Swiatek surges past Sakkari to reach No2 in the world

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The last two standing in Indian Wells this spring have been among the top performing women of the last year.

Already in the top six before the start of the tournament, both Iga Swiatek and Maria Sakkari were now in contention for world No2 if they could beat one another in one of the biggest and most challenging tournaments in the WTA calendar.

Both, in fact, were guaranteed to rise to career highs whatever the outcome: Swiatek from No4 to at least No2, and Sakkari from No6 to No3. The champion, whoever it should be, would become the first from their respective nations—Poland and Greece—to lift the formidable weight of BNP Paribas Open’s crystal trophy.

Indeed Swiatek, just 20 years old, and winner of the French Open while still a teenager, led the WTA Race already. Sakkari was No3, behind the only Major champion so far this year, the absent Ash Barty.

Little surprise, then, that Swiatek led the tour in 2022 in match wins, the young Pole at 19 for three losses, and the 26-year-old Greek at 16 for four.

Swiatek’s season began with a semi run at both Adelaide and the Australian Open, then she won the first WTA1000 of the year in Doha. And that was a notable run: she beat Sakkari in the semis, her first win over the Greek at the fourth attempt.

Sakkari, a semi-finalist at two Majors last year, was runner-up in St Petersburg before losing to the Pole in Doha. But this fifth final of her career was the first at the 1000 level, and a sign of her ever-rising ability, fitness and determination.

But the smartest measure of their form this fortnight was the way they handled their respective tough draws.

In the semis, Swiatek beat former champion and No1 Simona Halep 7-6(6), 6-4, and that after four more top-50 players including No29 seed Madison Keys and No16 seed Angelique Kerber. And in three of her matches, she had battled back from a set down, taking well over nine hours to reach this final.

Sakkari took out defending champion, the in-form Paula Badosa, in the semis, in three sets, but had also beaten Petra Kvitova and Elena Rybakina. Not only had she conceded only one set, but she received an early retirement in the fourth round too: Total time on court just six and three-quarter hours.

Would that make a difference? Would that 3-1 head to head in Sakkari’s favour make a difference? And would the strong wind on centre court make a difference?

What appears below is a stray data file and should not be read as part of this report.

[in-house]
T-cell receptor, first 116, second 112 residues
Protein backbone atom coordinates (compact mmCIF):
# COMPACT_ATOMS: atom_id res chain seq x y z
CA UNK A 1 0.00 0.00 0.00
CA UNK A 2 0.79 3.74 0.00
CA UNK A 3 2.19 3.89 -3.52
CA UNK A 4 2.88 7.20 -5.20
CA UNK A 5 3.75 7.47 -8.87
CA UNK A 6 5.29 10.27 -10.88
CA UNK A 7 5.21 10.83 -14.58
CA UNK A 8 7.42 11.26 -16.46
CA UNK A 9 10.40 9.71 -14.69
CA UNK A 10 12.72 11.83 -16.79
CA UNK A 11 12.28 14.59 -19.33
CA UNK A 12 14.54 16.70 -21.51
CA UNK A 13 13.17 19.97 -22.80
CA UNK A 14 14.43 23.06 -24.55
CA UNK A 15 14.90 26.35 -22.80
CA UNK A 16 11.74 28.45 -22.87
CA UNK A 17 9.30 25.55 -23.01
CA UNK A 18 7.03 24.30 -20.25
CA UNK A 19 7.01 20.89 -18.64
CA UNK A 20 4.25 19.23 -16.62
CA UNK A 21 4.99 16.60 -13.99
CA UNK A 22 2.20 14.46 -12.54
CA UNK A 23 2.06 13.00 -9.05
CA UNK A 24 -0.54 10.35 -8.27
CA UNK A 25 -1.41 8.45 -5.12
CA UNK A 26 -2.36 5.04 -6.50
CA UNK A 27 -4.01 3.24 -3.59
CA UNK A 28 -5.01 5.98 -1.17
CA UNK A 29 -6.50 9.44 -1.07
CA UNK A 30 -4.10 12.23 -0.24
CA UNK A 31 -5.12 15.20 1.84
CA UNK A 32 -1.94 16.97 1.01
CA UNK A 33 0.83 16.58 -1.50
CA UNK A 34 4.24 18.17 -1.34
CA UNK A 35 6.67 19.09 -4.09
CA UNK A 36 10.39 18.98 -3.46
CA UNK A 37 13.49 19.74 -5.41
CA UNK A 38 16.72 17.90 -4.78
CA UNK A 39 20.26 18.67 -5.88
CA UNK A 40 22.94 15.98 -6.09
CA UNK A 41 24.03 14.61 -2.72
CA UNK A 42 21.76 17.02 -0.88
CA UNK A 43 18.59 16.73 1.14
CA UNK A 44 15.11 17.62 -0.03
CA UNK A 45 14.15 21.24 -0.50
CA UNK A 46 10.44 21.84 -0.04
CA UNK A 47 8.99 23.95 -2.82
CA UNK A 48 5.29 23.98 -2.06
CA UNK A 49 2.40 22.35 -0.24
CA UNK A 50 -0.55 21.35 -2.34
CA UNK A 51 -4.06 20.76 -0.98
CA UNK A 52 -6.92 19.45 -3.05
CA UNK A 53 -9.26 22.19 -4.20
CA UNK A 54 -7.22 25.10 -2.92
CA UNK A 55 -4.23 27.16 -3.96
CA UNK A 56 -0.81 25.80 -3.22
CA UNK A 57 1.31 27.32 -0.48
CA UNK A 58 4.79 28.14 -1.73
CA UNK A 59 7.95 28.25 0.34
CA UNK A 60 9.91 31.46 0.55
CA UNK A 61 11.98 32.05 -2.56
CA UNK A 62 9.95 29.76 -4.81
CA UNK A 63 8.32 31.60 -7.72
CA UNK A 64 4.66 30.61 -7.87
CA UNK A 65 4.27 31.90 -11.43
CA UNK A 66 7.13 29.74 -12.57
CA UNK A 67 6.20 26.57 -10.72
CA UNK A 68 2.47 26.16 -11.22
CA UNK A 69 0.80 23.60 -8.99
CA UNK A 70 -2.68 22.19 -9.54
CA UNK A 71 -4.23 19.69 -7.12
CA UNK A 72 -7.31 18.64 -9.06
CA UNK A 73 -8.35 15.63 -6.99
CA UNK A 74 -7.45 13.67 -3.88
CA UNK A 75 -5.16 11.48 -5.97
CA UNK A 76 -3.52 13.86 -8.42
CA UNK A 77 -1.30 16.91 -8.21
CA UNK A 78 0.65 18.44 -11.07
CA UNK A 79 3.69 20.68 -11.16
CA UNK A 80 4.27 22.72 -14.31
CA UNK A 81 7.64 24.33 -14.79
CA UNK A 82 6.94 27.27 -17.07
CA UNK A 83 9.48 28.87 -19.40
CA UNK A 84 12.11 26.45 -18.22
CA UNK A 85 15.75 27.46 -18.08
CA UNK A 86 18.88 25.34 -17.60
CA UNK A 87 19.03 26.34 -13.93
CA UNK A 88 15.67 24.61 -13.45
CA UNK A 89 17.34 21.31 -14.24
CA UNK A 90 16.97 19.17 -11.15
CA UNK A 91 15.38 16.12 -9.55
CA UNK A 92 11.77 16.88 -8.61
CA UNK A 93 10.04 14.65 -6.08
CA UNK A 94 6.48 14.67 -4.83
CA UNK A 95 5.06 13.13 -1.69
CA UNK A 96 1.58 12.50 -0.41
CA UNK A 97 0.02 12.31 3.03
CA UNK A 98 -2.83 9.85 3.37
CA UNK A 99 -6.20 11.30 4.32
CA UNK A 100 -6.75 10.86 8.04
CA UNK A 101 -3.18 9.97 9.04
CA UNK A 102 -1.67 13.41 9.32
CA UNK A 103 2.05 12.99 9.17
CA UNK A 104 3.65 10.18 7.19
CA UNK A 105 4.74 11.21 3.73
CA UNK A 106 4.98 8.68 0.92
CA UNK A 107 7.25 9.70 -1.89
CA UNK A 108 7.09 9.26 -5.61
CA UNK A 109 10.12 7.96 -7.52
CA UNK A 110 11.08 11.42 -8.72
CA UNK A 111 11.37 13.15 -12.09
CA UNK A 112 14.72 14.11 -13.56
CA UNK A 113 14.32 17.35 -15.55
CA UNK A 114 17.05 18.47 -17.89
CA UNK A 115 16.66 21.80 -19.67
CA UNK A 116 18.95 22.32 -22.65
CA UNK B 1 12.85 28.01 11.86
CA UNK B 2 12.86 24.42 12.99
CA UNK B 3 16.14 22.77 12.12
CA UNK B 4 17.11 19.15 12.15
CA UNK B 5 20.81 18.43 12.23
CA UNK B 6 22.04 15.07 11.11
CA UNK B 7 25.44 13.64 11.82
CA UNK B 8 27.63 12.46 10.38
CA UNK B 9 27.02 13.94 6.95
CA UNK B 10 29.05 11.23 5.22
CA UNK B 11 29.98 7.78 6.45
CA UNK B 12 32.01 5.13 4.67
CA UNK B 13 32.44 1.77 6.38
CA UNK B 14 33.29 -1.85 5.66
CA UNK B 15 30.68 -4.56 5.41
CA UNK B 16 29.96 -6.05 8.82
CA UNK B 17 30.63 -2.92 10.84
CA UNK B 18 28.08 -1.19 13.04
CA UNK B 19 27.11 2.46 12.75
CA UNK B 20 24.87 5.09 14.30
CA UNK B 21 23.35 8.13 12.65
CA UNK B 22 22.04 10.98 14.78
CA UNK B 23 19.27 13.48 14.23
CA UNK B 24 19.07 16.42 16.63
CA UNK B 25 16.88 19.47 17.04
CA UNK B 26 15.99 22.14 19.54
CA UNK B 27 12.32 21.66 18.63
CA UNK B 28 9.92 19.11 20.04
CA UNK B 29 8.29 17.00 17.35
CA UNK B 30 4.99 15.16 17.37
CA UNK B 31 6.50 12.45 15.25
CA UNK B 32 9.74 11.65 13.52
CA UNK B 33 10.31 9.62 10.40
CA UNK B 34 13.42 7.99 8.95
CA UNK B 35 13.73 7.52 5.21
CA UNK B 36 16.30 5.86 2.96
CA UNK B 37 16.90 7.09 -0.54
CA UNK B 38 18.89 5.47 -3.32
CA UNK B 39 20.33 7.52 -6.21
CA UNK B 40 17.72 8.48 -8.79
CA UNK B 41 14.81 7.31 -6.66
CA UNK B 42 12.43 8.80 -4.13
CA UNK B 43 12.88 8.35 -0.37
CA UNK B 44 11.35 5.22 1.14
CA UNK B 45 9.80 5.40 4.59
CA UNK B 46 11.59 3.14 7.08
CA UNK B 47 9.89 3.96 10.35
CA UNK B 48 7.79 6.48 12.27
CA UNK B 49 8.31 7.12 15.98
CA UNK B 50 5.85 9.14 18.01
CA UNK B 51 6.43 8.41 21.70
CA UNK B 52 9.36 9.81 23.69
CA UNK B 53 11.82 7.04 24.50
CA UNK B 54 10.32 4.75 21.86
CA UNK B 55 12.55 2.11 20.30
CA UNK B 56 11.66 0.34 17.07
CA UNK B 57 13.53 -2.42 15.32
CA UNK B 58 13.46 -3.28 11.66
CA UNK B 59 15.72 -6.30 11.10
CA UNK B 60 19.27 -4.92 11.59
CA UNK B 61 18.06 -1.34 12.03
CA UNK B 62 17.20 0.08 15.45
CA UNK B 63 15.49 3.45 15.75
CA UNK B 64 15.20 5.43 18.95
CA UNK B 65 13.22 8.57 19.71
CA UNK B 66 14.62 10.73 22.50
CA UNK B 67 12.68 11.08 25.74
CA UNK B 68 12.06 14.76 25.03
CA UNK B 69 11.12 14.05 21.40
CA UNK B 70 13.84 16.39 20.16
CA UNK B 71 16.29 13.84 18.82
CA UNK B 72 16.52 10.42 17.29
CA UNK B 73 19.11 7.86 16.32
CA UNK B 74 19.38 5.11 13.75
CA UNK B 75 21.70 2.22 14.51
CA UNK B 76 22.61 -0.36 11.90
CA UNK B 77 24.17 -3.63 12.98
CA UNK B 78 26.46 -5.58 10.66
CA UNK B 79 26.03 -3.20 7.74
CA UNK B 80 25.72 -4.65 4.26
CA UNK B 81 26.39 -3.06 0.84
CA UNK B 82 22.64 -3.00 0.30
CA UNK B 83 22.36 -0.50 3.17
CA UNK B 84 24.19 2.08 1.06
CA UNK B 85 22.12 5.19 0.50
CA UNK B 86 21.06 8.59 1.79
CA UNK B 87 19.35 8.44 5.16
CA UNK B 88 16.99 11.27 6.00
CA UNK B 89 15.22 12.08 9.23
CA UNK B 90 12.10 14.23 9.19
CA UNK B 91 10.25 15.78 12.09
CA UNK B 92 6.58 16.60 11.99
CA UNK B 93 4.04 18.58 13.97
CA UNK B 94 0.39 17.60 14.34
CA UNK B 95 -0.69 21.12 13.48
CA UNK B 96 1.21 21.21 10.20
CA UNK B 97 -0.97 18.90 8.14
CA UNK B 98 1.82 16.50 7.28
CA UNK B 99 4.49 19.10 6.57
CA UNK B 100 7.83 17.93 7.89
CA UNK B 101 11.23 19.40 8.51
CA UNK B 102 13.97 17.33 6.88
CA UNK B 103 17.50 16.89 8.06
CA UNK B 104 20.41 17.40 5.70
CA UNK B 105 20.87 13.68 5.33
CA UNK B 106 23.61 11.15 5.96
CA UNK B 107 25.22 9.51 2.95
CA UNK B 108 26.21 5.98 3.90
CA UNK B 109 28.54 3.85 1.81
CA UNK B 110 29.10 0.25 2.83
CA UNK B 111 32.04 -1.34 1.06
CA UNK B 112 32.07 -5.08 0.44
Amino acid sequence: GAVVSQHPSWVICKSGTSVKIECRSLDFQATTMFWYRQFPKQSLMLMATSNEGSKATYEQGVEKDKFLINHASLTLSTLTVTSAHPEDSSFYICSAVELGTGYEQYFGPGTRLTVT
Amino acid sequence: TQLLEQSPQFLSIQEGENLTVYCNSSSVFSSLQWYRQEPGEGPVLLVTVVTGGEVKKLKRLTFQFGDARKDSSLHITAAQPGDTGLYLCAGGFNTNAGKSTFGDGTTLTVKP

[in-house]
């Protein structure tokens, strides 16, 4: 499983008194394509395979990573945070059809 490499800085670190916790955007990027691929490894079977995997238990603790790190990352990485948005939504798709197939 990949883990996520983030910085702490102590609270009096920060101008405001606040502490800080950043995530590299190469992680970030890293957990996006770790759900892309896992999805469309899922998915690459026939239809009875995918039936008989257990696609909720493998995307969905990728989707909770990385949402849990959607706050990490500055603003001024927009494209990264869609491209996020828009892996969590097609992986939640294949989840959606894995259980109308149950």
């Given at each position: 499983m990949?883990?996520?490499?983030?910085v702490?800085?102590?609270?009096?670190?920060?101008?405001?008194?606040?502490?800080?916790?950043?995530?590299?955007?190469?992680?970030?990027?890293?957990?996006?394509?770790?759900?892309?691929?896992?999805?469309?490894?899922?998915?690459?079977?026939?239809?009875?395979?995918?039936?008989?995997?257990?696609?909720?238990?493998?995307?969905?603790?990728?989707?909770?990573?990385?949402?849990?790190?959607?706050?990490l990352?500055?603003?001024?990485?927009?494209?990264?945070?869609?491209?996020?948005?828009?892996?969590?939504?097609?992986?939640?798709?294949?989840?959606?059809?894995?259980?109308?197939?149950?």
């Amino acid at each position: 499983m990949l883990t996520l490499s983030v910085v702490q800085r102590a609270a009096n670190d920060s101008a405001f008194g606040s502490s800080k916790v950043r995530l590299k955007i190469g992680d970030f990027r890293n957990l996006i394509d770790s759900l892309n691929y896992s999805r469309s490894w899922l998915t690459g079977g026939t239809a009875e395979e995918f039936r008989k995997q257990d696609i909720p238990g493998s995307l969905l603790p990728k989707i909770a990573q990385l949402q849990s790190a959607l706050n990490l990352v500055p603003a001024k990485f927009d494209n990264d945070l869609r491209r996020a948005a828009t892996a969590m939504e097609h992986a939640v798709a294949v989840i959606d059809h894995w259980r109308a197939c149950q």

The first game was not auspicious for Swiatek, two double faults, two errors, a break to love, clearly not judging the wind at all well.

But it was the same for Sakkari, who double faulted on break-back point.

Now Swiatek was serving into the sun as well as coping with wind, and two more double faults earned the Greek a couple more break chances. On the second, a stunning cross-court rally went to Sakkari with a blistering angled winner, a break for 2-1.

Yet again, the Pole broke back, and finally there was a hold, with Swiatek closing in to close her serve with a volley winner. This was the latest wrinkle in the steep learning curve that is her attacking style of tennis.

Sakkari threw in a couple of net charges herself, but serving with the wind to her back, her serve was troubled, and two double faults in a row handed the break and advantage to Swiatek, 4-2. It did not last, though, in this topsy-turvy match where the exception was to hold. Sure enough the Pole conceded the sixth of seven breaks in the set.

Now it was the Greek’s turn to hold, stringing eight of nine points for 4-4, followed by a Swiatek hold. So Sakkari had to serve to save the set, and fended off a first set point with a dazzling forehand winner, a second with a huge serve, but on the third, Swiatek stepped in to pound her return and was rewarded, 6-4.

The Pole got off to stronger start in the second, and then piled the attack on the Sakkari serve but could not take advantage of two break points. The wind still played a big part, and double faults peppered Swiatek’s serve, and gusts carried balls long and forced mishits, but she held on: No breaks thus far, and amid the errors there were plenty of classy rallies to please the fans.

It was, in the event, Sakkari who conceded the break first, in the fourth game, and Swiatek held to love for 4-1. The Greek was up against it now, with her opponent in full flow, and she responded with some big strikes, but a forehand error conceded another break, and Swiatek would serve for the title.

The young Pole, then, sealed the match with a forehand winner, 6-1, and tossed her racket into the air in jubilation.

The crowd, who has taken this delightful young woman and her exciting tennis to its heart, but there was also warm applause for the pugnacious effort of Sakkari. Conditions made it impossible to serve up a perfect final, but these two competitors did a very fine job.

And so Swiatek is the new world No2, and is surely destined for the very top very soon.

Sakkari is at a career-high No3, matching compatriot Stefanos Tsitsipas as the highest ever Greek.

And within days, both will be hoping to break still more new ground in Miami.

Source: Sport Review


Author: Ellen Garcia